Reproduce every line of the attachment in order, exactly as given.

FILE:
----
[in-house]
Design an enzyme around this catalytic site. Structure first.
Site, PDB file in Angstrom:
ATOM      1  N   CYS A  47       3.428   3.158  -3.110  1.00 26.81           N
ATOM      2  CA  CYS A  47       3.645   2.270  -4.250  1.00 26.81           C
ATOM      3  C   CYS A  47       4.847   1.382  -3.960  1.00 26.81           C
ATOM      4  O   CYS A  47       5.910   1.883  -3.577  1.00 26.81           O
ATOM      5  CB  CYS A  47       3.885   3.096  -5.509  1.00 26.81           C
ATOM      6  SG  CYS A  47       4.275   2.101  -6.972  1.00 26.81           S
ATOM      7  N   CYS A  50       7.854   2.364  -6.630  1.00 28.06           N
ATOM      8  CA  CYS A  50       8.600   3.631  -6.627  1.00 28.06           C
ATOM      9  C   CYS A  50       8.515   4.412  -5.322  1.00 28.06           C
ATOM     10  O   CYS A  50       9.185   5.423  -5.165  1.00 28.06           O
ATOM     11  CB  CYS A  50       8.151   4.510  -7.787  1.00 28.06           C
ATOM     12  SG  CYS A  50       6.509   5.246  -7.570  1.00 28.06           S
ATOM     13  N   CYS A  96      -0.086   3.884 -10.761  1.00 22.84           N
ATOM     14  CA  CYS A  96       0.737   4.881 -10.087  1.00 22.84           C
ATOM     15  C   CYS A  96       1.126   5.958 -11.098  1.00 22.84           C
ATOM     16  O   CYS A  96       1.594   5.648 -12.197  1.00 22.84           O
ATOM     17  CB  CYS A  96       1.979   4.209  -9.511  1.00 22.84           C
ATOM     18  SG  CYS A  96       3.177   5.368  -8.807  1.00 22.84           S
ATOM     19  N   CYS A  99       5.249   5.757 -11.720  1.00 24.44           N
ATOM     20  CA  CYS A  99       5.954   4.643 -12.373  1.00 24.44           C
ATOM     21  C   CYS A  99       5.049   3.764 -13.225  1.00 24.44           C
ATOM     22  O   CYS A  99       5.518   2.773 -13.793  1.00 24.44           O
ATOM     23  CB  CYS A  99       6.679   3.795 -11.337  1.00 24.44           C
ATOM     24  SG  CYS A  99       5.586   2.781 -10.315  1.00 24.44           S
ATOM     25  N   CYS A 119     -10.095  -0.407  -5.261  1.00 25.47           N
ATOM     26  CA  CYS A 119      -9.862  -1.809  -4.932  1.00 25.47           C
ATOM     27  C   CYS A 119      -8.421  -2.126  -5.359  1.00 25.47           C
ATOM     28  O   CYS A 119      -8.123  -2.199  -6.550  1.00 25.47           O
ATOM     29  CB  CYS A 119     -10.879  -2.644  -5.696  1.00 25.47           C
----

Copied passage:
[in-house]
Design an enzyme around this catalytic site. Structure first.
Site, PDB file in Angstrom:
ATOM      1  N   CYS A  47       3.428   3.158  -3.110  1.00 26.81           N
ATOM      2  CA  CYS A  47       3.645   2.270  -4.250  1.00 26.81           C
ATOM      3  C   CYS A  47       4.847   1.382  -3.960  1.00 26.81           C
ATOM      4  O   CYS A  47       5.910   1.883  -3.577  1.00 26.81           O
ATOM      5  CB  CYS A  47       3.885   3.096  -5.509  1.00 26.81           C
ATOM      6  SG  CYS A  47       4.275   2.101  -6.972  1.00 26.81           S
ATOM      7  N   CYS A  50       7.854   2.364  -6.630  1.00 28.06           N
ATOM      8  CA  CYS A  50       8.600   3.631  -6.627  1.00 28.06           C
ATOM      9  C   CYS A  50       8.515   4.412  -5.322  1.00 28.06           C
ATOM     10  O   CYS A  50       9.185   5.423  -5.165  1.00 28.06           O
ATOM     11  CB  CYS A  50       8.151   4.510  -7.787  1.00 28.06           C
ATOM     12  SG  CYS A  50       6.509   5.246  -7.570  1.00 28.06           S
ATOM     13  N   CYS A  96      -0.086   3.884 -10.761  1.00 22.84           N
ATOM     14  CA  CYS A  96       0.737   4.881 -10.087  1.00 22.84           C
ATOM     15  C   CYS A  96       1.126   5.958 -11.098  1.00 22.84           C
ATOM     16  O   CYS A  96       1.594   5.648 -12.197  1.00 22.84           O
ATOM     17  CB  CYS A  96       1.979   4.209  -9.511  1.00 22.84           C
ATOM     18  SG  CYS A  96       3.177   5.368  -8.807  1.00 22.84           S
ATOM     19  N   CYS A  99       5.249   5.757 -11.720  1.00 24.44           N
ATOM     20  CA  CYS A  99       5.954   4.643 -12.373  1.00 24.44           C
ATOM     21  C   CYS A  99       5.049   3.764 -13.225  1.00 24.44           C
ATOM     22  O   CYS A  99       5.518   2.773 -13.793  1.00 24.44           O
ATOM     23  CB  CYS A  99       6.679   3.795 -11.337  1.00 24.44           C
ATOM     24  SG  CYS A  99       5.586   2.781 -10.315  1.00 24.44           S
ATOM     25  N   CYS A 119     -10.095  -0.407  -5.261  1.00 25.47           N
ATOM     26  CA  CYS A 119      -9.862  -1.809  -4.932  1.00 25.47           C
ATOM     27  C   CYS A 119      -8.421  -2.126  -5.359  1.00 25.47           C
ATOM     28  O   CYS A 119      -8.123  -2.199  -6.550  1.00 25.47           O
ATOM     29  CB  CYS A 119     -10.879  -2.644  -5.696  1.00 25.47           C